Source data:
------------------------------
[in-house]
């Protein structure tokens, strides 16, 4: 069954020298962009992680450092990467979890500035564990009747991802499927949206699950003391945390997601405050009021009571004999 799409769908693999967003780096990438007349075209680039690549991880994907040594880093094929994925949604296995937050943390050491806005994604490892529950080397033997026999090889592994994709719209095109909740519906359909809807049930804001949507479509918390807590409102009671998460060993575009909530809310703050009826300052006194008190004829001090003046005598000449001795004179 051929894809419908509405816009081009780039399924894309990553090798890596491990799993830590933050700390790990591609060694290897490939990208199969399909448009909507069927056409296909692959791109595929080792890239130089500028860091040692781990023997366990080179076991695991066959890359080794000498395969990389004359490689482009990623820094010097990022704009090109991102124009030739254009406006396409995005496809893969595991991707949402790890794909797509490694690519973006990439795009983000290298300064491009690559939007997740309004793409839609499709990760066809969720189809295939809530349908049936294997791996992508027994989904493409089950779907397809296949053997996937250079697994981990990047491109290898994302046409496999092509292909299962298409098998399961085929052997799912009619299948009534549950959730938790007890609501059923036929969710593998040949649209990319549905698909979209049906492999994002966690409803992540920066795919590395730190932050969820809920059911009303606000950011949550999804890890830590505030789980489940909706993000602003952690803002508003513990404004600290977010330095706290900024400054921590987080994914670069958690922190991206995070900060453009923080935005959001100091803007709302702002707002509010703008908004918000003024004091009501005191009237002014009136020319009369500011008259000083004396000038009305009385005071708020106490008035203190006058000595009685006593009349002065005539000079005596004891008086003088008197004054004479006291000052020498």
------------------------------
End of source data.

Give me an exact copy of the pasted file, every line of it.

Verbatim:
[in-house]
């Protein structure tokens, strides 16, 4: 069954020298962009992680450092990467979890500035564990009747991802499927949206699950003391945390997601405050009021009571004999 799409769908693999967003780096990438007349075209680039690549991880994907040594880093094929994925949604296995937050943390050491806005994604490892529950080397033997026999090889592994994709719209095109909740519906359909809807049930804001949507479509918390807590409102009671998460060993575009909530809310703050009826300052006194008190004829001090003046005598000449001795004179 051929894809419908509405816009081009780039399924894309990553090798890596491990799993830590933050700390790990591609060694290897490939990208199969399909448009909507069927056409296909692959791109595929080792890239130089500028860091040692781990023997366990080179076991695991066959890359080794000498395969990389004359490689482009990623820094010097990022704009090109991102124009030739254009406006396409995005496809893969595991991707949402790890794909797509490694690519973006990439795009983000290298300064491009690559939007997740309004793409839609499709990760066809969720189809295939809530349908049936294997791996992508027994989904493409089950779907397809296949053997996937250079697994981990990047491109290898994302046409496999092509292909299962298409098998399961085929052997799912009619299948009534549950959730938790007890609501059923036929969710593998040949649209990319549905698909979209049906492999994002966690409803992540920066795919590395730190932050969820809920059911009303606000950011949550999804890890830590505030789980489940909706993000602003952690803002508003513990404004600290977010330095706290900024400054921590987080994914670069958690922190991206995070900060453009923080935005959001100091803007709302702002707002509010703008908004918000003024004091009501005191009237002014009136020319009369500011008259000083004396000038009305009385005071708020106490008035203190006058000595009685006593009349002065005539000079005596004891008086003088008197004054004479006291000052020498």